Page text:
I then completed a second edit on the little-known facts on Presidents Day piece. I remember rewording a sentence that sounded strange to me. I don’t know if it was necessary, but it read better, I thought. The original was something like, “A community in Florida, Eustis, has a tradition of…” but I changed it to “The small Florida town of Eustis, for example, has a tradition of…”

Also, using the wording of a piece from the History Channel, the original copy said some Canadian provinces have “inacted” official holidays on the same weekend as Presidents Day. I changed this to enacted. There were also some spelled out versions of United States, and I always like to just use U.S.  In what I expect was an attempt to get away from the exact wording of a source, the U.S. Census Bureau, the article said there were some places, divisions and towns named after Washington. I looked it up from the Census Bureau, which said minor civil divisions instead of just divisions. After Googling the term, I thought they might not be the same thing, and I opted to play it safe and go with the longer word.

I also changed “George Fest” to “GeorgeFest” because it was listed as such on the GeorgeFest website. Although I struggled with whether the event should be in quotation marks.

At the story idea meeting, I pitched two ideas: mine and online reporter Samantha Shavell’s. Samantha was going to look into a Florida senator that was proposing legislation for legalizing medical marijuana use. For my pitch, I thought it might be interesting to see the effects of the previous cold night, which reached a low of 28 degrees, on citrus crops in the area.

TV liked both ideas. I was happy. They were going to chase down the citrus story and find out if any fruits were damaged or changed. The legislation piece, we decided, was going to take a few more days because of the trouble Samantha was having in contacting sources for that story.

I then edited In the News. I nixed the word “star” in the introduction of Mindy McCready as a country star singer. I changed a use of the word since for because. I also switched a say to said.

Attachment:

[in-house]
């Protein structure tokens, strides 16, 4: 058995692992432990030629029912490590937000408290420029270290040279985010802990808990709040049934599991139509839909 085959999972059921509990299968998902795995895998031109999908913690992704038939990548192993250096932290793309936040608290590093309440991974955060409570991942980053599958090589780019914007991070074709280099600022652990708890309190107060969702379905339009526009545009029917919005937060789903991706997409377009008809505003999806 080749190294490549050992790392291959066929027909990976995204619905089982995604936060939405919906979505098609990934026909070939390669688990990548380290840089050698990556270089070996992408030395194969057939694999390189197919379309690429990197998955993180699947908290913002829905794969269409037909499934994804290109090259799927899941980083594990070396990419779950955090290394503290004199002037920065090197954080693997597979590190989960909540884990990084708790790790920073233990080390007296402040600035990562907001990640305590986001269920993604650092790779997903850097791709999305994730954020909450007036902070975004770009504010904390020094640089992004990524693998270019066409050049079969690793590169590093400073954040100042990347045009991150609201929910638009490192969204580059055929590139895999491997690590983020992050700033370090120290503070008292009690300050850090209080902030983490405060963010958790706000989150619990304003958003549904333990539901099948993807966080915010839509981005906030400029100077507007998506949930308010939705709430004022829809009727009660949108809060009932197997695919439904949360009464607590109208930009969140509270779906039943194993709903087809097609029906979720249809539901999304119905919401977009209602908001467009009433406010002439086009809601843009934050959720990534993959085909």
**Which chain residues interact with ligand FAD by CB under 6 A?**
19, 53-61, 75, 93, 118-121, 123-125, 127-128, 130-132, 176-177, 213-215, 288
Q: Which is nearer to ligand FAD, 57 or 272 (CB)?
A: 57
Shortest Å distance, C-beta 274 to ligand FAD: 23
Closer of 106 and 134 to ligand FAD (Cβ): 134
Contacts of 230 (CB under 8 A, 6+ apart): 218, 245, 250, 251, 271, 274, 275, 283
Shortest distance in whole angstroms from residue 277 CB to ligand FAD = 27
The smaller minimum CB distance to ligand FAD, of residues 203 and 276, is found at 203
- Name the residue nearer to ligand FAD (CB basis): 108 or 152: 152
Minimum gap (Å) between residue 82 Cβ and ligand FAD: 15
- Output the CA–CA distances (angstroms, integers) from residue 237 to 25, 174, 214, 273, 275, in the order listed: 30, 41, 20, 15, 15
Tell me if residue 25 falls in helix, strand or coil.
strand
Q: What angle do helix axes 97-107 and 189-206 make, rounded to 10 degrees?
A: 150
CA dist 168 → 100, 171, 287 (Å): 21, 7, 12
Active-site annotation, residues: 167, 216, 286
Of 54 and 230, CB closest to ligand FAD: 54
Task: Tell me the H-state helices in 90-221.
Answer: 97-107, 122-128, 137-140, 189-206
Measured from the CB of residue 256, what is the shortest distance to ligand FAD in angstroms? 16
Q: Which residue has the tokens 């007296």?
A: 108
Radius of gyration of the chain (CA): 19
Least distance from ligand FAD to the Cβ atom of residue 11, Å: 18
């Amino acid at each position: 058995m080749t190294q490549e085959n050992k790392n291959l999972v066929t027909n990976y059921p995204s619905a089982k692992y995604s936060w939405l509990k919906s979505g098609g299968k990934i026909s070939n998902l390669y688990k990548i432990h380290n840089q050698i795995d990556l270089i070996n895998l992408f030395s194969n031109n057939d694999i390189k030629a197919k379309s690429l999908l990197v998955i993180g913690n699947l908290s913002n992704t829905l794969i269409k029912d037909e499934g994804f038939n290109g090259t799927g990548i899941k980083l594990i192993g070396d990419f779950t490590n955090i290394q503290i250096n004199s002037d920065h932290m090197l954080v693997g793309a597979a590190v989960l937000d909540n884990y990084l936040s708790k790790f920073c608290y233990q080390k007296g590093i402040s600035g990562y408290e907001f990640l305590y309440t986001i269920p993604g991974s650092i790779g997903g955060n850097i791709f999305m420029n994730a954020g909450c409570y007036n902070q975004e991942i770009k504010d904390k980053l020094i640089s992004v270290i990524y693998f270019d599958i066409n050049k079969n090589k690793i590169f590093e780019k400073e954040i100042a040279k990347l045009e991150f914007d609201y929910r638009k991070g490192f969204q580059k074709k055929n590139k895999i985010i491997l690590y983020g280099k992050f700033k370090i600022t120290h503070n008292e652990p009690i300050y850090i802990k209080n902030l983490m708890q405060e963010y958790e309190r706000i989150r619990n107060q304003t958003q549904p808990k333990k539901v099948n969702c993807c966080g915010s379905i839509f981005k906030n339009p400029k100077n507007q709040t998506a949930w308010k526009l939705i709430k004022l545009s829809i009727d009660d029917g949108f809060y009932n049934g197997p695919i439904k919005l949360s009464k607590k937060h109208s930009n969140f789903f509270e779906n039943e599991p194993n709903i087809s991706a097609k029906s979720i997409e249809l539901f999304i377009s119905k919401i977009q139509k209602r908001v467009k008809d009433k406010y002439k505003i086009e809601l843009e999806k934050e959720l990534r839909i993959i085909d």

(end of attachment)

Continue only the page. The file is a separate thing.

Next, I focused on editing Web producer Dana’s piece on Equal Access clinics in the area. It’s interesting now that I look back on it, because I did the first edit and there are now changes from later edits that I would consider errors. I listened to the raw audio to get a clear view of exactly what sources were saying, and sentences were reworded that changed the meaning slightly.

This sentence, for example: “UF College of Medicine, county programs, research and national grants and CHOICES, a health services program offered by Alachua County, help fund the clinic and provide medical help to working, uninsured residents of Alachua County.” It was earlier worded to say that CHOICES was the organization providing medical help to working, uninsured residents. That is specifically the organization’s mission. But the sentence makes it seem like all of these organizations provide those specific services.

Also, I’m noticing an add-on to the end involving a source named Sharon McCray. I thought Dana, Christina DeVarona and I had all discussed not using that source in the online write-up because the exact spelling of her last name was not given in the audio that we had, and we could not confirm it. And this quote is funky: “I like the way they was wirking with me patiently. It seems like they care. I mean it’s free.” I’m not sure if “wirking” is meant to reveal something of McCray, but that isn’t a common intentional transcription “error” like “Ya’ll” or even “Wanna”. I believe we discussed this in one of our classes. I would change wirking to working.

Those are just things I noticed now looking back at the piece. When it was first passed to me, I added a comma and a “was” in a sentence where the word was missing. I thought I made the funding sentence more concise, but that was revamped as mentioned two grafs above this. I also was unsure about the title of the CHOICES organization. That is how it appeared everywhere on its website. I just think the all-caps are strange if they aren’t an acronym for something, and the website did not allude to any acronyms.

After completing those edits, I talked to the 4201 editing students who came in around 1 p.m. I pitched my citrus story to Jenna Lyons because it had been put on the back burner by TV. She was very diligent and completed the story!

Written by charmainemiller

February 19, 2013 at 12:20 am